Beyond the structuring of any particular type of class conversation, many of these films may yield other types of projects that can be incorporated into the classroom setting. For example, journal writing allows students the time to reflect on what they've seen before actually having to express themselves. Particular essays can also be assigned, with selected passages reviewed for further class discussion.

Do not hesitate to give assignments that deal with relevant topics, as a way of exploring the issues raised from a variety of perspectives. For example, before the viewing of Lost in America, you may want to find an essay or two on yuppies and their angst. Be creative. Role-playing by volunteers could serve as a basis for further conversation, and even post-viewing field work in which students do outside research and interview relevant people could later serve as a basis for presentations on the major topics in question.

Ultimately, these synopses are designed to assist your students in improving their English skills. To that extent, they focus primarily on the difficult colloquial vocabulary within the accompanying films. If the students study them well, they should experience dramatic progress in overall comprehension. But as an ESL instructor and facilitator, you should strive to use the movies as more than just a tool through which to generate language acquisition. Indeed, it is my hope that because of their growing linguistic abilities, your students will converse with ever greater fluency on all aspects of the films they watch, and thus understand with ever greater insight the culture in which they're produced.

Why These Movies?

If you've already browsed the list of films that are treated on this web site, the first question you may ask is "Why these movies?" Indeed, many of my friends have also asked this as well, and then, before allowing me to answer, proceed to give me their own list of the definitive, absolutely necessary movies that must immediately be included on this site. I've therefore decided that I should explain my logic. In brief, all of the synopsized films on this site will generally meet the following criteria:

1) The dialog contains a lot of useful, colloquial English.
2) The movie itself reflects various aspects of modern American life.
3) It was popular enough to be widely available on video.
4) I personally think it's a good or even great movie.
5) Most of my ESL students would agree with me on all of the above.

Of course, there may be several hundred films that could meet these standards, but that's OK, since I hope to keep synopsizing more and more films. For now, it's fair to ask whether there is anything in particular that the movies have in common? More specifically, is there a theme here?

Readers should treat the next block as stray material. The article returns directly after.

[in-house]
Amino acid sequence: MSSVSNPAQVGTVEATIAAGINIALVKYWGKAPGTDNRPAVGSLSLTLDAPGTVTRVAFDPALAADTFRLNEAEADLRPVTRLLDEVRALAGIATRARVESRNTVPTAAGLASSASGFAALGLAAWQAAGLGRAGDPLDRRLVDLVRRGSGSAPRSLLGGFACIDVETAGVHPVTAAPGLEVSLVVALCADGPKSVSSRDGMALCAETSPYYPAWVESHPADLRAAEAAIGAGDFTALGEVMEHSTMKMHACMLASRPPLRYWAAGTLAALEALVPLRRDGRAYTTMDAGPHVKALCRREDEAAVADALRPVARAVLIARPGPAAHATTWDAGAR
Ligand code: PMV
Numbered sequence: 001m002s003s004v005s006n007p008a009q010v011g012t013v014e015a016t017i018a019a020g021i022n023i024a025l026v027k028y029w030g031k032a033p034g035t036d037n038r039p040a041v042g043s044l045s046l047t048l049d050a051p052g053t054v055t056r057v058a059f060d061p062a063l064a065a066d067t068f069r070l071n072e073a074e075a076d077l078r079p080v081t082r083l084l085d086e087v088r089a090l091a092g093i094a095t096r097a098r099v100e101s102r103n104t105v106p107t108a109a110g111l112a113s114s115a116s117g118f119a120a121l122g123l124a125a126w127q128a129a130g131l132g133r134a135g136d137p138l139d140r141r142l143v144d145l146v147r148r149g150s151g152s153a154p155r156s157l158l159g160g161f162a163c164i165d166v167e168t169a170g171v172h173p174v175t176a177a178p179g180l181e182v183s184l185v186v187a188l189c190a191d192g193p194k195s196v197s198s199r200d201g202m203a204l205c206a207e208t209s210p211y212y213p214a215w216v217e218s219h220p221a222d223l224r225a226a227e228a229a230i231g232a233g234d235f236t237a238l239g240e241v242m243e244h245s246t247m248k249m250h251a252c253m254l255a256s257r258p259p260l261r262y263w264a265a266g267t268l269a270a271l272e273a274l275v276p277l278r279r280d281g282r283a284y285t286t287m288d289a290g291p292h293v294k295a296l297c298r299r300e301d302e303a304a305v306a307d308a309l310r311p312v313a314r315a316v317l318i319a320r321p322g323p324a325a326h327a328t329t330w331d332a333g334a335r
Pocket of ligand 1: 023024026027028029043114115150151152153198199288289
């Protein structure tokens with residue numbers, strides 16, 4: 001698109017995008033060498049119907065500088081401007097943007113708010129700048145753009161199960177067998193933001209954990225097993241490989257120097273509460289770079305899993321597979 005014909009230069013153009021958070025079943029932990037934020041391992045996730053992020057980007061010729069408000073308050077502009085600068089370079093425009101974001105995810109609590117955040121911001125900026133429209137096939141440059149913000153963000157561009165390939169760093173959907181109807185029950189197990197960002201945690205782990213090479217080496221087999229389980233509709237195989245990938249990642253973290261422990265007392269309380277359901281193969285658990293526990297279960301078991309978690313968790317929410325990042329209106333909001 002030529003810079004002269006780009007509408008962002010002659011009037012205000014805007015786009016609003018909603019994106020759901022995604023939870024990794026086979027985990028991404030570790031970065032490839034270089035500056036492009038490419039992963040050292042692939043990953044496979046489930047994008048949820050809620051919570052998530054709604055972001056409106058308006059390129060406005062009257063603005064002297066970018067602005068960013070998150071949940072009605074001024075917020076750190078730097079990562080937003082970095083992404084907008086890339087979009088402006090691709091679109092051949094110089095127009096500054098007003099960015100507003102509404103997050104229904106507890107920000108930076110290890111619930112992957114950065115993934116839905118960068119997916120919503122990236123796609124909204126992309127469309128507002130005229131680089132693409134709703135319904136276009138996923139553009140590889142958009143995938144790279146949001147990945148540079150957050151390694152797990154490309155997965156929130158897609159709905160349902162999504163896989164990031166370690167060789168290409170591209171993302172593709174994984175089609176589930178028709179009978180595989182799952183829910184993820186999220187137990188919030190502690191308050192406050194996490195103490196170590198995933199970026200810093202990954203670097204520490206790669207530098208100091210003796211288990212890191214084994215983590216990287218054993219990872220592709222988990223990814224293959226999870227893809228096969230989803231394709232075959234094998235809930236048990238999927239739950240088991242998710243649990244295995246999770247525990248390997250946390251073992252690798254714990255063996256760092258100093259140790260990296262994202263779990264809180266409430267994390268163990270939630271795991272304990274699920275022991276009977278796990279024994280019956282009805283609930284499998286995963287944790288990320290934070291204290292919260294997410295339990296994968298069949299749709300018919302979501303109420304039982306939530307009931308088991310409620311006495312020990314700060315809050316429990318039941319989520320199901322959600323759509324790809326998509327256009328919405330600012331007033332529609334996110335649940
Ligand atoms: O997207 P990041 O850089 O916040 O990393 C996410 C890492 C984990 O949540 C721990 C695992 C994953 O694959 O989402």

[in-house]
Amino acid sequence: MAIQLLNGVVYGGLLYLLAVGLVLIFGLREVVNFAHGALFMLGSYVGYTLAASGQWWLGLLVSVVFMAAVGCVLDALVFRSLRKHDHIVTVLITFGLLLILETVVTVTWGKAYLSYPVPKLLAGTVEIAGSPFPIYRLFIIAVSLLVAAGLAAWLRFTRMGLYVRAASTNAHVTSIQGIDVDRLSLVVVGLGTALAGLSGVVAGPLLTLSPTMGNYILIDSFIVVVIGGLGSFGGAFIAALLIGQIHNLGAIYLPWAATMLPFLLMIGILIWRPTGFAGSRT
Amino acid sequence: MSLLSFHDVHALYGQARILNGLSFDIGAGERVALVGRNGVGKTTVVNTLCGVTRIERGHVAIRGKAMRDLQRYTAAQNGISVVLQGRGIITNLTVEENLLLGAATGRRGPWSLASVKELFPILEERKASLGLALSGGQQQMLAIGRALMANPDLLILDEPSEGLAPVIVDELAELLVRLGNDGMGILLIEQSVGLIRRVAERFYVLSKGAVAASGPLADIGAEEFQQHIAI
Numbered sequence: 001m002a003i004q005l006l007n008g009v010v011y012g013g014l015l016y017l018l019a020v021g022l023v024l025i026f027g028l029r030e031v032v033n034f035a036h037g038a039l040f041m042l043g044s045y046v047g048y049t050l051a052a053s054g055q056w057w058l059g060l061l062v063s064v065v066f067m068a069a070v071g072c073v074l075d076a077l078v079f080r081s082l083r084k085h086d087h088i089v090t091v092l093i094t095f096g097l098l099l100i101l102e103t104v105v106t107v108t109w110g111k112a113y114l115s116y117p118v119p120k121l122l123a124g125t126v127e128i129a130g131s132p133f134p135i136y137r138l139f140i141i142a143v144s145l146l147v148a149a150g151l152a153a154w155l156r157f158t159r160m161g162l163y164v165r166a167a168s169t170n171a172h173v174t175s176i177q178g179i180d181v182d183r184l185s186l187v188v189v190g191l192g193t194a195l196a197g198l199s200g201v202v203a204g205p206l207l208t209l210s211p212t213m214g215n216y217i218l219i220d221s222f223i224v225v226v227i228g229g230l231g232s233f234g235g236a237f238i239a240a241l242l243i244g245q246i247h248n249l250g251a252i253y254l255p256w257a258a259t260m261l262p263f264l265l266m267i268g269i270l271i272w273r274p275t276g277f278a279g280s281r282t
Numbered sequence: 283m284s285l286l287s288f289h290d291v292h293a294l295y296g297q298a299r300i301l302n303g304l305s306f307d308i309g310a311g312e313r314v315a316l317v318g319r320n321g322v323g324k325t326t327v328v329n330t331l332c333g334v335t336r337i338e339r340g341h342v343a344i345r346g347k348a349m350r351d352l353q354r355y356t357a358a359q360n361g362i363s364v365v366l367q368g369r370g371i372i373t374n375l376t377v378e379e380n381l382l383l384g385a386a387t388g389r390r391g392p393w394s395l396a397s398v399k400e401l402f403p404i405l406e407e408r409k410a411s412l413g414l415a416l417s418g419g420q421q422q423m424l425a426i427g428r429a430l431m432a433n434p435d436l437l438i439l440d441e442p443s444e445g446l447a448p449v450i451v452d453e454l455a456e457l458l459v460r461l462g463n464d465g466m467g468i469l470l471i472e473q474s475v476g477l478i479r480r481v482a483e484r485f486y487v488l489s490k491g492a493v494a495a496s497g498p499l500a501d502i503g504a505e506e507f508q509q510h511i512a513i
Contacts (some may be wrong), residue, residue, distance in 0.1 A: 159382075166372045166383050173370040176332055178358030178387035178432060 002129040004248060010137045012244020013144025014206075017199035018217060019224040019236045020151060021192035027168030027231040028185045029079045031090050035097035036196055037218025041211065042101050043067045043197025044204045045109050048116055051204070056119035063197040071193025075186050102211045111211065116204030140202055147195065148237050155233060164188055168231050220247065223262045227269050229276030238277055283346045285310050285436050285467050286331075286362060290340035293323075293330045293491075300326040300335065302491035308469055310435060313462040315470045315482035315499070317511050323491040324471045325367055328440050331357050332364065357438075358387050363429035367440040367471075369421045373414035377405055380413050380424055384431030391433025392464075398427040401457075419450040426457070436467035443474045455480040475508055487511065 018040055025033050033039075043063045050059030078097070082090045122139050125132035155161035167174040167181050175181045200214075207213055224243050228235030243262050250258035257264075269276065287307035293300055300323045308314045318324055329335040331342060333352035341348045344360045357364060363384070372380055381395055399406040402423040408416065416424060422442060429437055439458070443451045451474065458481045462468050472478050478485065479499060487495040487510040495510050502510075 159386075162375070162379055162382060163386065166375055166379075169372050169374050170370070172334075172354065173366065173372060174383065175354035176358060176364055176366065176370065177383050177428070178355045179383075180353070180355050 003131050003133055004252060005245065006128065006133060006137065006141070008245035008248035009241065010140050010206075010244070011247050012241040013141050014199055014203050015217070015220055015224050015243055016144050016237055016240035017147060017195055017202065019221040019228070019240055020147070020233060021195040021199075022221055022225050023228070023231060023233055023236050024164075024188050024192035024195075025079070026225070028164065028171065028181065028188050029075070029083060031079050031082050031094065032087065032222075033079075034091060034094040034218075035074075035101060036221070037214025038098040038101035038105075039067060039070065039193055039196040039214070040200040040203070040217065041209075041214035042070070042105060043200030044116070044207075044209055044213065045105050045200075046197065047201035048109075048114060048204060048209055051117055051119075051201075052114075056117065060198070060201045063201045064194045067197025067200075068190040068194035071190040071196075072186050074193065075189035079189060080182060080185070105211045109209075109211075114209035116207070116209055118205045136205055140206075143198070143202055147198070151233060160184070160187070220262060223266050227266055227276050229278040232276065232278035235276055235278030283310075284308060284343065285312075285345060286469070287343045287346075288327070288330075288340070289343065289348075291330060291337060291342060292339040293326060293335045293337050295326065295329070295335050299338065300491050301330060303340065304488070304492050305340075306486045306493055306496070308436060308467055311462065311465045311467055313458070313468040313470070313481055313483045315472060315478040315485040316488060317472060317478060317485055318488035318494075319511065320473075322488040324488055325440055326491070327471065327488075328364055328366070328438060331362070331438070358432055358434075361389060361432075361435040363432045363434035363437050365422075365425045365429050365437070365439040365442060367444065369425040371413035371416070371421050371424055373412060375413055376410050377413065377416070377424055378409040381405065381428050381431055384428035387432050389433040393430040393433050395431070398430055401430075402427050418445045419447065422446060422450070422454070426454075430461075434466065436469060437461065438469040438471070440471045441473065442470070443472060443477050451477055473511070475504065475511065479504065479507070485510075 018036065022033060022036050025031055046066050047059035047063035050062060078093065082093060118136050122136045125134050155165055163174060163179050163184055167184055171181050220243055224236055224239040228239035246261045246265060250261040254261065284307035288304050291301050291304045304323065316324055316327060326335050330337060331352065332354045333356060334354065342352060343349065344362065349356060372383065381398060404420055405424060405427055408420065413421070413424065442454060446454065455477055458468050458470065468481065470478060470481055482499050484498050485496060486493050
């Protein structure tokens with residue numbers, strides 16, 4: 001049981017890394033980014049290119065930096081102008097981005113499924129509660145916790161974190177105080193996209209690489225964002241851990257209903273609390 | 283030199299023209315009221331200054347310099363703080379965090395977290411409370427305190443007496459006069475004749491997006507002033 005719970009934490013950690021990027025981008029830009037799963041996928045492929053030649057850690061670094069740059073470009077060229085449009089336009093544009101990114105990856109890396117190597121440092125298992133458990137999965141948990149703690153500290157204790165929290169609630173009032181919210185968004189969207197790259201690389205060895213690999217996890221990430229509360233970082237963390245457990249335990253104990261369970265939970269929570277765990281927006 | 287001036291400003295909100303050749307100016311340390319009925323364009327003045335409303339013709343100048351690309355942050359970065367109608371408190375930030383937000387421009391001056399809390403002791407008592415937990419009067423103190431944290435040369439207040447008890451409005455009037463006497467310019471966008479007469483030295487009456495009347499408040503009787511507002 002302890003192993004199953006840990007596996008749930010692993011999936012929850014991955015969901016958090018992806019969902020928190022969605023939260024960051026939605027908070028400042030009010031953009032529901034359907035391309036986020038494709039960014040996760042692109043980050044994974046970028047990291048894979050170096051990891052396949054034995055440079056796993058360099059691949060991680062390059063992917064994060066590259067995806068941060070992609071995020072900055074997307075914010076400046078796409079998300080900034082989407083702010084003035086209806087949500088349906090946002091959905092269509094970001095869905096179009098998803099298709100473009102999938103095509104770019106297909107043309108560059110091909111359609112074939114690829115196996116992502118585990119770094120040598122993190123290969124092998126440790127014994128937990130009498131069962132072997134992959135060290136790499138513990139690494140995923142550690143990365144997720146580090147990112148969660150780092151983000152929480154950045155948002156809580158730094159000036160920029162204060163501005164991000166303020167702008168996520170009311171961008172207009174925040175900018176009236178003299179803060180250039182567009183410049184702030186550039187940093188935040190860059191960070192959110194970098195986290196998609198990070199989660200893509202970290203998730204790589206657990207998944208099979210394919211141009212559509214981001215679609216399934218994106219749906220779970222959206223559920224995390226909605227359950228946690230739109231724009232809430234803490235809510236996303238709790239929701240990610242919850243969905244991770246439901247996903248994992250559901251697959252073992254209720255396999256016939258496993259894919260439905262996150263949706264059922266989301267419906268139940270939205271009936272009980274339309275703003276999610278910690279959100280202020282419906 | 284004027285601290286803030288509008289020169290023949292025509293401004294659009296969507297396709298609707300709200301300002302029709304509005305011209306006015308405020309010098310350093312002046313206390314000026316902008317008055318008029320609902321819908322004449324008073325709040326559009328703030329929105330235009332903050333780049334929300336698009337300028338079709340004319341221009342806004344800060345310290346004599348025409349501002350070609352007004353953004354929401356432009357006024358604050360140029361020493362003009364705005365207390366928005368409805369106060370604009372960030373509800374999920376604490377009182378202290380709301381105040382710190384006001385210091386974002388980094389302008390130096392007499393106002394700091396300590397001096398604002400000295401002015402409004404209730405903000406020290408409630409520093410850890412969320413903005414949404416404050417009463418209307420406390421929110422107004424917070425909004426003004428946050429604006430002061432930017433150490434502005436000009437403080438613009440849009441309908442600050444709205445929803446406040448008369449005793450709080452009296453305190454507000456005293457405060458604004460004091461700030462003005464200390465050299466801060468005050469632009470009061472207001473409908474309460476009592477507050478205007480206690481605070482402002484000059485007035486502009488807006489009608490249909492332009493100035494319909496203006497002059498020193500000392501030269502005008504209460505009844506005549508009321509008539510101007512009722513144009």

I would say that these motion pictures offer advanced ESL learners, and particularly those foreigners who are living in the United States, a pretty decent look into the lives, culture and language of the American people (Of course,because we are talking about movies, it's fair to say that few real people experience as much excitement as many of the protagonists do in these films). As a group, they often explore the consistent themes that form the foundation of the so-called American dream, as well as the dilemmas that people face when that dream turns sour.

Thus, many of the movies take serious and not-so-serious looks at our endless pursuit of material wealth, as well as the various social issues of our day, from crime and punishment to the break-up of the family to the fight against AIDS. In so doing, they explore Americans from all walks of life in their constant struggle to better their situations. Within these films we see characters who "seize the day" with their enthusiasm and spirit, and underdogs who can only serve to inspire us with their courage and decency. Of course there are those who disgust us, some who simply amuse, and some whose very lives point out the absurdity of the human condition.

Taken together, these films hint at the enormous diversity of background and life experience that form the American people, and to that extent, they are windows into a multidimensional society that you may want to know more about. Indeed, if you eventually get to see a lot of them (after studying your synopses!), you should end up with a much greater familiarity with the English language, as well as with the American culture in which it is spoken.

How to Read These Guides

The synopses are fairly self-explanatory, but you should note the following:

1) Underlined words are those referred to in the definitions. If no word is underlined, the definition refers to the entry as a whole.

2) Bold faced words are excellent colloquial vocabulary that you are encouraged to adopt as part of your active speech, in order to help you sound more like a native English speaker.

3) The symbol :: in an entry is used to divide the words of two different speakers.

4) Obviously, all words and expressions are listed in the order that they occur in the movie. The vocabulary section of each film has plot references to let the reader know approximately where they are, but since the synopses are meant to be read before seeing the film, defined vocabulary is not noted with either the precise time it occurs in the movie nor the particular character who says the words.

5) Please be aware that the explanations in these synopses focus on how words are used in the context of the film. While there is frequent mention of the varied ways in which a word or expression may be more generally used, there has not been a systematic attempt to give complete dictionary definitions of the words that are defined. For clarification and further discussion of any given word, you are encouraged to consult a good English dictionary.